A MEMORIAL plaque to one of the few remaining men to have fought in the Battle of Britain has been unveiled in recognition of his achievements.

Flight Lieutenant Len Davies returned to his home town for the Battle of Britain Historical Society ceremony, which also celebrated the endeavours of Flight Lieutenant William Gore, who did not make it through the war.

Mr Davies, 91, who travelled up from his Cardiff home, was delighted to visit Ian Ramsey School, Stockton, where he recounted some of his exploits to students, staff and local dignitaries.

The former grammar school boy was 19 when he joined the RAF, but within weeks of qualifying as a pilot he was shot down over London.

Speaking to students after the event he recalled the near-fateful night. He said: “I was shot through the cockpit and my leg was injured, but the major decision I had to make was whether I would be able to land it or not. I came down to 2,000ft and planned to land on the Isle of Sheppey, but the landing strip had already been bombed.

“However, I decided I still needed to land and hit one of the bomb craters and the plane flipped over. I lost a lot of blood, but I survived.”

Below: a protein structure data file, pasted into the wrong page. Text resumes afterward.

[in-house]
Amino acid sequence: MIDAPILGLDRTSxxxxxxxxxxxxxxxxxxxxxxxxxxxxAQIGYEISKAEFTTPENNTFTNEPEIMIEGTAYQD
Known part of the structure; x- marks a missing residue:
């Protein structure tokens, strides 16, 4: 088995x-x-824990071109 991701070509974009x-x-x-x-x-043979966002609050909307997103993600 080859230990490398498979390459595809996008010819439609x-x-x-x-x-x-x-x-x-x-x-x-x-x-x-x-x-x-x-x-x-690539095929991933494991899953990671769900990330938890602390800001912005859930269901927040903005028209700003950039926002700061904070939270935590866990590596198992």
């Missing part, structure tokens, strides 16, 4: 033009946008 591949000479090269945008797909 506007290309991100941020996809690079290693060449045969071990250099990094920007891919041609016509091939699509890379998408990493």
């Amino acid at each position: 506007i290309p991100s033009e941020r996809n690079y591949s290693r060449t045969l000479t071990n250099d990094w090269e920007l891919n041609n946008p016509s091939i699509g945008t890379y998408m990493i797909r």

When asked whether he was worried whether he would return home safely every time he flew out on a mission, he said: “At 19, you don’t really think about it.

We were all looking forward to it because flying is such a wonderful thing. However, it is a pity that a lot of the cream of a generation did not make it through the war.”

Mr Davies’ comrade, Flt Lt Gore was born in Middlesbrough and was also educated at Blue Coat School, which has long since closed its doors.

Clive Millman, the regional manager of the Battle of Britain Historical Society, said: “We are unveiling this plaque in honour of two men who served in the Battle of Britain – two men who had very different lives, one who is still living a very full life and one who died before his life could truly begin.”

After the unveiling, Wing Commander Fin Monahan said: “All of us owe so much to these few. They set the benchmark for bravery and sacrifice – we are immensely proud of what they did.”